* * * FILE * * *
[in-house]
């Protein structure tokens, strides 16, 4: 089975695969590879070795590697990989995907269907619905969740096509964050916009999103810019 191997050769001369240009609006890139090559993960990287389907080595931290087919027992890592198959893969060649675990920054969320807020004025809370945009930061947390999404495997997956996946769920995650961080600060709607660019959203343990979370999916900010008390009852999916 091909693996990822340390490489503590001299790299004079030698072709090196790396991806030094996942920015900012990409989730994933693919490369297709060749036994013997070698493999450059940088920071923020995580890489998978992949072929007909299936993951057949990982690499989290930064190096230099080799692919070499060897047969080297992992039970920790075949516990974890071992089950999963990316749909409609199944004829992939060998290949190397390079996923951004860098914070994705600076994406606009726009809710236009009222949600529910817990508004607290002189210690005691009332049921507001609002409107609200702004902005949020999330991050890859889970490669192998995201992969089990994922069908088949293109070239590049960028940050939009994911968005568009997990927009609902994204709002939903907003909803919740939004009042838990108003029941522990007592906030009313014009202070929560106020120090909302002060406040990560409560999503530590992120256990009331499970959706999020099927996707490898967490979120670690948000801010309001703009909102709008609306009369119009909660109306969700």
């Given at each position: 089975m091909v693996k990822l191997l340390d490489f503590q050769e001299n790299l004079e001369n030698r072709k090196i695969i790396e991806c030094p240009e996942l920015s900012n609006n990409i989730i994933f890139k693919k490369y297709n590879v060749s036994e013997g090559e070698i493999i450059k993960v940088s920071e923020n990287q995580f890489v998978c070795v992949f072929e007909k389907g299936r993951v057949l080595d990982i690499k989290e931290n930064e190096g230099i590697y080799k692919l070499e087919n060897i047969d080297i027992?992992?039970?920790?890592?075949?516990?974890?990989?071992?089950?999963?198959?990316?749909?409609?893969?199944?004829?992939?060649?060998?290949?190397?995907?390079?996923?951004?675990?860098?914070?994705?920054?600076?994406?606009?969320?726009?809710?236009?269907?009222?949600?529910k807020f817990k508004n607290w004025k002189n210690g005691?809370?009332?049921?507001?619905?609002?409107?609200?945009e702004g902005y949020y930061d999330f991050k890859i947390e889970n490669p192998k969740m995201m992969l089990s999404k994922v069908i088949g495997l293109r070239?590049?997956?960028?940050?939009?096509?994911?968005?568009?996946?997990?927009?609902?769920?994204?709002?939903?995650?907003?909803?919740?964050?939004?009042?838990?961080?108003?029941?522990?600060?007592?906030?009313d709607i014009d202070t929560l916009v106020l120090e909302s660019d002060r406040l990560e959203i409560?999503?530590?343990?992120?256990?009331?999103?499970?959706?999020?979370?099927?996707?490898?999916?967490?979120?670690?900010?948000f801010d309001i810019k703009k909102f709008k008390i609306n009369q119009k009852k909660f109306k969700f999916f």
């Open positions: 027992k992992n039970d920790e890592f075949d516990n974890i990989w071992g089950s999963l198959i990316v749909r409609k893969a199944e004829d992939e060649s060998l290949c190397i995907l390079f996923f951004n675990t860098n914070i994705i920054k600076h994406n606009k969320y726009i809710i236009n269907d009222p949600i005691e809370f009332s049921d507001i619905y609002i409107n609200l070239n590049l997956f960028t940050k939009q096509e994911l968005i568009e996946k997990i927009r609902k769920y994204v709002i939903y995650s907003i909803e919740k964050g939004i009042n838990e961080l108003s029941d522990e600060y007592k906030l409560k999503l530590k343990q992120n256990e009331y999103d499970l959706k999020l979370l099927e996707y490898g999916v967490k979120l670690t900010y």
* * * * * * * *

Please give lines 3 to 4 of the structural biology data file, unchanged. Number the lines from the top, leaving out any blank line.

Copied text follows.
């Given at each position: 089975m091909v693996k990822l191997l340390d490489f503590q050769e001299n790299l004079e001369n030698r072709k090196i695969i790396e991806c030094p240009e996942l920015s900012n609006n990409i989730i994933f890139k693919k490369y297709n590879v060749s036994e013997g090559e070698i493999i450059k993960v940088s920071e923020n990287q995580f890489v998978c070795v992949f072929e007909k389907g299936r993951v057949l080595d990982i690499k989290e931290n930064e190096g230099i590697y080799k692919l070499e087919n060897i047969d080297i027992?992992?039970?920790?890592?075949?516990?974890?990989?071992?089950?999963?198959?990316?749909?409609?893969?199944?004829?992939?060649?060998?290949?190397?995907?390079?996923?951004?675990?860098?914070?994705?920054?600076?994406?606009?969320?726009?809710?236009?269907?009222?949600?529910k807020f817990k508004n607290w004025k002189n210690g005691?809370?009332?049921?507001?619905?609002?409107?609200?945009e702004g902005y949020y930061d999330f991050k890859i947390e889970n490669p192998k969740m995201m992969l089990s999404k994922v069908i088949g495997l293109r070239?590049?997956?960028?940050?939009?096509?994911?968005?568009?996946?997990?927009?609902?769920?994204?709002?939903?995650?907003?909803?919740?964050?939004?009042?838990?961080?108003?029941?522990?600060?007592?906030?009313d709607i014009d202070t929560l916009v106020l120090e909302s660019d002060r406040l990560e959203i409560?999503?530590?343990?992120?256990?009331?999103?499970?959706?999020?979370?099927?996707?490898?999916?967490?979120?670690?900010?948000f801010d309001i810019k703009k909102f709008k008390i609306n009369q119009k009852k909660f109306k969700f999916f």
């Open positions: 027992k992992n039970d920790e890592f075949d516990n974890i990989w071992g089950s999963l198959i990316v749909r409609k893969a199944e004829d992939e060649s060998l290949c190397i995907l390079f996923f951004n675990t860098n914070i994705i920054k600076h994406n606009k969320y726009i809710i236009n269907d009222p949600i005691e809370f009332s049921d507001i619905y609002i409107n609200l070239n590049l997956f960028t940050k939009q096509e994911l968005i568009e996946k997990i927009r609902k769920y994204v709002i939903y995650s907003i909803e919740k964050g939004i009042n838990e961080l108003s029941d522990e600060y007592k906030l409560k999503l530590k343990q992120n256990e009331y999103d499970l959706k999020l979370l099927e996707y490898g999916v967490k979120l670690t900010y």